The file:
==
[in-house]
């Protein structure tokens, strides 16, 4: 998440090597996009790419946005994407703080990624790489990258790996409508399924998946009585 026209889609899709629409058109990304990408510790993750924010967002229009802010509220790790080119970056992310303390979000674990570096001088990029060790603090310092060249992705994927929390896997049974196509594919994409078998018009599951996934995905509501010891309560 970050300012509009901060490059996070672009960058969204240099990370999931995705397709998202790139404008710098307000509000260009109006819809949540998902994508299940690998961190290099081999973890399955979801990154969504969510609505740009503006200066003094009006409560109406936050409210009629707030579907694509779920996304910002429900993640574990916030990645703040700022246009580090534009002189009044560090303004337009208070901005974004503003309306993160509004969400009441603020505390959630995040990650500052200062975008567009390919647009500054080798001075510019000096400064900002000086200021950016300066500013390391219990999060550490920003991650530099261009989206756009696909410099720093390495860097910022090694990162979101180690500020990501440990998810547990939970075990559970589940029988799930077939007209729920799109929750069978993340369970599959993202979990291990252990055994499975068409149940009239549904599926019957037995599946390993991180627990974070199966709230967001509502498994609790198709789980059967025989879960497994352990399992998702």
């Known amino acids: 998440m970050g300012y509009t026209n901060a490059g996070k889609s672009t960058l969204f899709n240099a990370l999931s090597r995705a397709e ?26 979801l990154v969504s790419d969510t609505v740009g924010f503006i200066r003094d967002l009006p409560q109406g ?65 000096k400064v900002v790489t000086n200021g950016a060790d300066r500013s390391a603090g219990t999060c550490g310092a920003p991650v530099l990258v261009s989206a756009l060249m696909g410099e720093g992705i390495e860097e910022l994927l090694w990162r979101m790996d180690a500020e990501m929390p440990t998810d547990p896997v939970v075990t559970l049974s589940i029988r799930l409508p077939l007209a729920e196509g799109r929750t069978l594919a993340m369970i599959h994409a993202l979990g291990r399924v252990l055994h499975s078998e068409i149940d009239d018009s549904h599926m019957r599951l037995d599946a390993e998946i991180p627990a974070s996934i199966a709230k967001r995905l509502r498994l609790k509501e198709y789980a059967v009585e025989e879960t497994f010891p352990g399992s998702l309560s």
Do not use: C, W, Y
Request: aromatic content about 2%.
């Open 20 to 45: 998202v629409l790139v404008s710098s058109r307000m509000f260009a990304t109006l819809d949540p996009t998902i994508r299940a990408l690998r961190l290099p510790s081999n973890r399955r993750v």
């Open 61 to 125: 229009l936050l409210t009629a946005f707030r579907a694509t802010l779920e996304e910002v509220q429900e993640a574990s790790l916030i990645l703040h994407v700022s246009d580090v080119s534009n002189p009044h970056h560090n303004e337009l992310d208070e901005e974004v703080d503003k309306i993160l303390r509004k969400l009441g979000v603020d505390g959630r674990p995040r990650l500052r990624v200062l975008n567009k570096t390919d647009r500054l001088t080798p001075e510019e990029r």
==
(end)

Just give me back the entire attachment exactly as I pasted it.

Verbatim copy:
[in-house]
């Protein structure tokens, strides 16, 4: 998440090597996009790419946005994407703080990624790489990258790996409508399924998946009585 026209889609899709629409058109990304990408510790993750924010967002229009802010509220790790080119970056992310303390979000674990570096001088990029060790603090310092060249992705994927929390896997049974196509594919994409078998018009599951996934995905509501010891309560 970050300012509009901060490059996070672009960058969204240099990370999931995705397709998202790139404008710098307000509000260009109006819809949540998902994508299940690998961190290099081999973890399955979801990154969504969510609505740009503006200066003094009006409560109406936050409210009629707030579907694509779920996304910002429900993640574990916030990645703040700022246009580090534009002189009044560090303004337009208070901005974004503003309306993160509004969400009441603020505390959630995040990650500052200062975008567009390919647009500054080798001075510019000096400064900002000086200021950016300066500013390391219990999060550490920003991650530099261009989206756009696909410099720093390495860097910022090694990162979101180690500020990501440990998810547990939970075990559970589940029988799930077939007209729920799109929750069978993340369970599959993202979990291990252990055994499975068409149940009239549904599926019957037995599946390993991180627990974070199966709230967001509502498994609790198709789980059967025989879960497994352990399992998702």
């Known amino acids: 998440m970050g300012y509009t026209n901060a490059g996070k889609s672009t960058l969204f899709n240099a990370l999931s090597r995705a397709e ?26 979801l990154v969504s790419d969510t609505v740009g924010f503006i200066r003094d967002l009006p409560q109406g ?65 000096k400064v900002v790489t000086n200021g950016a060790d300066r500013s390391a603090g219990t999060c550490g310092a920003p991650v530099l990258v261009s989206a756009l060249m696909g410099e720093g992705i390495e860097e910022l994927l090694w990162r979101m790996d180690a500020e990501m929390p440990t998810d547990p896997v939970v075990t559970l049974s589940i029988r799930l409508p077939l007209a729920e196509g799109r929750t069978l594919a993340m369970i599959h994409a993202l979990g291990r399924v252990l055994h499975s078998e068409i149940d009239d018009s549904h599926m019957r599951l037995d599946a390993e998946i991180p627990a974070s996934i199966a709230k967001r995905l509502r498994l609790k509501e198709y789980a059967v009585e025989e879960t497994f010891p352990g399992s998702l309560s």
Do not use: C, W, Y
Request: aromatic content about 2%.
């Open 20 to 45: 998202v629409l790139v404008s710098s058109r307000m509000f260009a990304t109006l819809d949540p996009t998902i994508r299940a990408l690998r961190l290099p510790s081999n973890r399955r993750v």
């Open 61 to 125: 229009l936050l409210t009629a946005f707030r579907a694509t802010l779920e996304e910002v509220q429900e993640a574990s790790l916030i990645l703040h994407v700022s246009d580090v080119s534009n002189p009044h970056h560090n303004e337009l992310d208070e901005e974004v703080d503003k309306i993160l303390r509004k969400l009441g979000v603020d505390g959630r674990p995040r990650l500052r990624v200062l975008n567009k570096t390919d647009r500054l001088t080798p001075e510019e990029r």